Tickets for the event were priced at $40 a pop in advance, or $50 the day of the event. I, personally, felt like this was a lot of money to pay just to roll around in the mud —something that, historically, pigs do every day for free— but surely I underestimate the value, not to mention exfoliant properties, of a good trudge in the sludge. There were strings of people racing around the track when I got there around noon. The local fire department was on site with its trucks so firemen armed with fire hoses could spray down the runners after they got caked in wet dirt.

These Smithfield men, students of USU, came dressed as Captain America, The Green Lantern and a jailbird. They called themselves "Heroes vs. Villains."

There were also several other attractions and diversions available at the venue, partly because the American West Heritage Center already includes certain amenities and sights, including gift shops, horse rides for the kids, and food and beverage vendors. The AWHC’s parking lot was not just full, but fields and overflow parking areas were packed with vehicles from all over Utah and surrounding states. There were cars parked all the way to Highway 89 —the turnout was epic. I have to admit, I was both surprised and impressed with how many people this event drew, especially because it was the first of its kind in our area.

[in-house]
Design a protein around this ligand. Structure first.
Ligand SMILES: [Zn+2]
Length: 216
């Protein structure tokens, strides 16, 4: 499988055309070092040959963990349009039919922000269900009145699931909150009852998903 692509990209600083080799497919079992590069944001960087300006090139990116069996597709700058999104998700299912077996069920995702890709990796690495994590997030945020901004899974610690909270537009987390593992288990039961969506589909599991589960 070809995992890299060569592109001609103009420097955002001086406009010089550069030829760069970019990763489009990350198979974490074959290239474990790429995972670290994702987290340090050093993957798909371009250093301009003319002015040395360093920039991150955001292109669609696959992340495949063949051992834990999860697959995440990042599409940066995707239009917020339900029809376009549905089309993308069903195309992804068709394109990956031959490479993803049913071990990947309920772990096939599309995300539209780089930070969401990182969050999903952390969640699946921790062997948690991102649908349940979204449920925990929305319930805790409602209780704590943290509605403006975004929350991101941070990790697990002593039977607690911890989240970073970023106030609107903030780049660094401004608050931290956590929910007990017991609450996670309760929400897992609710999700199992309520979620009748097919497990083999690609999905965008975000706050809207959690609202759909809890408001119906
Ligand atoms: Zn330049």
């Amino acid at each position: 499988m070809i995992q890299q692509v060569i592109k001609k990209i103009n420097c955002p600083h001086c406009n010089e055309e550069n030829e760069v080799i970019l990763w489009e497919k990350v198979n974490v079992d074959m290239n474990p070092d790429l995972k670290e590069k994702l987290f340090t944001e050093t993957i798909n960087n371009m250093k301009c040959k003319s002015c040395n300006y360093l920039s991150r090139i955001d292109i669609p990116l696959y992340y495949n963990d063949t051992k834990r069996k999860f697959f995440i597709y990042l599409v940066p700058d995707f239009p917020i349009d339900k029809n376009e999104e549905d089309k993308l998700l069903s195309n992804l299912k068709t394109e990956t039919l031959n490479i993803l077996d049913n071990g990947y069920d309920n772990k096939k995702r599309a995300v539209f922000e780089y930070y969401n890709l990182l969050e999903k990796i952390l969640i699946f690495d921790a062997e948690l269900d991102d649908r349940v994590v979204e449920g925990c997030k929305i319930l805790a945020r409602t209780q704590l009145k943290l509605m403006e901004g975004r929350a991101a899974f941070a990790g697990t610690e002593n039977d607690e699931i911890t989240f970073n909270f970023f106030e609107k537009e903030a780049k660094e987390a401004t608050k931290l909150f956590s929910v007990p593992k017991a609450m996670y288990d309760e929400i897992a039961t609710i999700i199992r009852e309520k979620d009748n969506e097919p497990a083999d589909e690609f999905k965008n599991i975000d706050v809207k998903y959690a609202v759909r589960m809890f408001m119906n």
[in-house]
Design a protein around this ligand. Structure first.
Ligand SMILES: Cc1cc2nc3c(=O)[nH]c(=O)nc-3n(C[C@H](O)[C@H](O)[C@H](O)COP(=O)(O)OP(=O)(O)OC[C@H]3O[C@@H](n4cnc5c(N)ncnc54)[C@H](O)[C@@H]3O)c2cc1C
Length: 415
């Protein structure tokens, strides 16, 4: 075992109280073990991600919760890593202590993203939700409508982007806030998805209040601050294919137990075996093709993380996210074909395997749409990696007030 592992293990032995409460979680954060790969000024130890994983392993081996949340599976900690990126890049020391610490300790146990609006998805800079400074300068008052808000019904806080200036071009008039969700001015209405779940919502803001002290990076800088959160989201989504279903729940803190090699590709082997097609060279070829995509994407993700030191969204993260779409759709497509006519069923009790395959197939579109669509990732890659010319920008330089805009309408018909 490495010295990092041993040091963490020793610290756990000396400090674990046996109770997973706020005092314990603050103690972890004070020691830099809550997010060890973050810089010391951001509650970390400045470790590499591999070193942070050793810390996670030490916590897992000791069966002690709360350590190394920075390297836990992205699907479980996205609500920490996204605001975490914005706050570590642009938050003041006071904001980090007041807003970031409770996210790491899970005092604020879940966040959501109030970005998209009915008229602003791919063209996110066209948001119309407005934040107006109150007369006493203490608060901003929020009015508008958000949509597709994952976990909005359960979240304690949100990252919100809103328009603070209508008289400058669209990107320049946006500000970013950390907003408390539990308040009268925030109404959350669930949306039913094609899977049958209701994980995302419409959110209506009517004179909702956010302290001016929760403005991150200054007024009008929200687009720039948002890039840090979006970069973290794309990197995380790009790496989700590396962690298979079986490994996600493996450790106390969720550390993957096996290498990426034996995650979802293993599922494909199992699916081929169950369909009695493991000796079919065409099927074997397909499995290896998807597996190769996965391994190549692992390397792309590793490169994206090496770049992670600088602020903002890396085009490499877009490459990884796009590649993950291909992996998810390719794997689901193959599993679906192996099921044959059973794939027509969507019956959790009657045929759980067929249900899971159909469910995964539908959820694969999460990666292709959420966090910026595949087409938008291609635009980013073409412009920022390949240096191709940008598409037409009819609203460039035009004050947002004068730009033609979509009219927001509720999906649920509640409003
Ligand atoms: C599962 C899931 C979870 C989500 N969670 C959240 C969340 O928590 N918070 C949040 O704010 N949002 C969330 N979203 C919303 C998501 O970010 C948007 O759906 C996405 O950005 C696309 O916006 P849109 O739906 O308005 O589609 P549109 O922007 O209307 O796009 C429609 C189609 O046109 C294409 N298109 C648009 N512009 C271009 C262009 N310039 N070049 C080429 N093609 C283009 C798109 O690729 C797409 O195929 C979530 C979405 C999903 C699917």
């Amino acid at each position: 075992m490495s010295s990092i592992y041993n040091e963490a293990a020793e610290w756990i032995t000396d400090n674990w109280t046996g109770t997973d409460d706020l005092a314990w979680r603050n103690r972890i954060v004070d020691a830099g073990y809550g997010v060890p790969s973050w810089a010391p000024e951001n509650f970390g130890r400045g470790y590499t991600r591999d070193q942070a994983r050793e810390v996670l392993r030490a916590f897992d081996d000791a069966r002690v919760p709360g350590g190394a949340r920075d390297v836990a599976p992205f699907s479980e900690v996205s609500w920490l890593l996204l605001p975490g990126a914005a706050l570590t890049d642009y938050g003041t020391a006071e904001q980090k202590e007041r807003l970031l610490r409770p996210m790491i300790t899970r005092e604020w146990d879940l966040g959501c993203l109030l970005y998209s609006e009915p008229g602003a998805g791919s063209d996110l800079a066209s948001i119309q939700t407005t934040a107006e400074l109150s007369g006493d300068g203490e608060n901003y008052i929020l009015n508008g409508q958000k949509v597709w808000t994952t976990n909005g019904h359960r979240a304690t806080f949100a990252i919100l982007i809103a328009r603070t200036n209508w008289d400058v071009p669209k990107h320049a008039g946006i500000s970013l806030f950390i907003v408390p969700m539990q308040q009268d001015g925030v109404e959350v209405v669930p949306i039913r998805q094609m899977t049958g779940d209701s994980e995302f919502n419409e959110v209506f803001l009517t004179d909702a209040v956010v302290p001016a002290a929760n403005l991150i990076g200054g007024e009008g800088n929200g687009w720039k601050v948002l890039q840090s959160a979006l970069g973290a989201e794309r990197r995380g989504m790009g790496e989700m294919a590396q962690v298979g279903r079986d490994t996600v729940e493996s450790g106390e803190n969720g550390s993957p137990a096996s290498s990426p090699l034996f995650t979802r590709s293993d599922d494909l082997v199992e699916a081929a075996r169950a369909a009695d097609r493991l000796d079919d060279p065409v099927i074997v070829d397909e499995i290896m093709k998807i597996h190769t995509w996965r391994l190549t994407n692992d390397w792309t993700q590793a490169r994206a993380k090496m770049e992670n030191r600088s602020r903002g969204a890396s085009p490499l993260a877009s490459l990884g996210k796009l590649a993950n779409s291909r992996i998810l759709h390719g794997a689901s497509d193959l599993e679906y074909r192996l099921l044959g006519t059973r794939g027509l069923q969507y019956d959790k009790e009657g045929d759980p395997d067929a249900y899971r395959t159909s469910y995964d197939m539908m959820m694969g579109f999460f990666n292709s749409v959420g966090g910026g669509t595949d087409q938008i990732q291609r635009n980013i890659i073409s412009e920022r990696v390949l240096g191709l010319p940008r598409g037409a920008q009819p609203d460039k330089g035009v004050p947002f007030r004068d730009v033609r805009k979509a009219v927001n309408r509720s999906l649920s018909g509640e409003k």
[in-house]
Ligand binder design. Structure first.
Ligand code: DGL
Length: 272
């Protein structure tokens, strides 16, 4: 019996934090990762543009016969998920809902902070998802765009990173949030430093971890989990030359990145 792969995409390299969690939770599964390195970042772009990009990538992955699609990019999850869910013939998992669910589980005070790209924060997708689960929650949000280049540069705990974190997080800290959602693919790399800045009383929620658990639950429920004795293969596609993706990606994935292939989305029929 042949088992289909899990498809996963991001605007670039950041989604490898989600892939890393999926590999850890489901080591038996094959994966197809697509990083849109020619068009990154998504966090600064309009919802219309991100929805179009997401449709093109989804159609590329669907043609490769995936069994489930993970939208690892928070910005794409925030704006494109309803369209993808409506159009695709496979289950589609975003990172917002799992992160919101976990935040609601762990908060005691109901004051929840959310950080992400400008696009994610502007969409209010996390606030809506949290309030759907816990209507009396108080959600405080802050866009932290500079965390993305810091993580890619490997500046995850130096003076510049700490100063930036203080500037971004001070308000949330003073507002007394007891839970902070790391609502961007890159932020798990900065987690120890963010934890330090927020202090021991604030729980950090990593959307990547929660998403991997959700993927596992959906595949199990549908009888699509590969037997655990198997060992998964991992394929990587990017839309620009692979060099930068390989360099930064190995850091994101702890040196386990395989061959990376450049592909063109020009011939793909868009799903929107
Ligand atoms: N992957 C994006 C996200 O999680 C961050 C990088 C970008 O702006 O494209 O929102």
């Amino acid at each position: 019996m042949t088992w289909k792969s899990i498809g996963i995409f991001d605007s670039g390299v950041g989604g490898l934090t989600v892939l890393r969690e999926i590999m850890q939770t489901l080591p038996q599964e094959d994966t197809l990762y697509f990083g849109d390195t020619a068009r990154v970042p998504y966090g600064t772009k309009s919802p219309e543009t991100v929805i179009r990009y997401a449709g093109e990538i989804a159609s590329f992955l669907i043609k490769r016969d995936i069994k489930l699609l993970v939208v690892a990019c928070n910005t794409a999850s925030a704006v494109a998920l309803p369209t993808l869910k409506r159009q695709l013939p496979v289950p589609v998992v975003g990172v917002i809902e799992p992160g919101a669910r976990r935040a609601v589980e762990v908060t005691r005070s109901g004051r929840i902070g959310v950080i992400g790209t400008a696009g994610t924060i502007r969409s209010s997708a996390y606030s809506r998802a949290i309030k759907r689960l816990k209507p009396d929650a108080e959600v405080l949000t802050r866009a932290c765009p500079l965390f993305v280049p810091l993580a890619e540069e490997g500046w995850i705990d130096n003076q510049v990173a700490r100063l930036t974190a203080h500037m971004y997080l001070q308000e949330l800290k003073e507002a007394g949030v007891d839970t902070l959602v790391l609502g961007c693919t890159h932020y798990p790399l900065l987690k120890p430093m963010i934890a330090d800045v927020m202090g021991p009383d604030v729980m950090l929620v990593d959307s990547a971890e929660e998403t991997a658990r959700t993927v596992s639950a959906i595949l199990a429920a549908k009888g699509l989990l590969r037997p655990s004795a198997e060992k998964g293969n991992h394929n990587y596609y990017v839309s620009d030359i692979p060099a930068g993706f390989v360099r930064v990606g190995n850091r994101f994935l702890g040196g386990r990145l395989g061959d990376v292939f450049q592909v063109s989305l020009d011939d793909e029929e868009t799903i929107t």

One of the other local websites, cachevalleymagazine.com, stated that Knight and Schaefer expected approximately 9,000 people to show up over the course of the day. When I was out there I could see that there were at least 4,000 people there in the couple of hours that I spent walking around and taking pictures.

I was interested in finding out, too, with such a high registration fee if the money was going to benefit any charities or causes. Apparently, according to cachemagazine.com, Schaefer and Knight have a fundraising goal of $50,000. The AWHC will receive some of the money and “some Cache Valley families in need of serious financial help” will be the recipients of the rest.

As I walked around taking in the sights, I found several articles of clothing, like shorts, shirts, socks

Mud-covered Mia and Eddie Sandoval chow down on burgers sold by vendors at the Man vs. Mud event held at the American West Heritage Center, in Wellsville.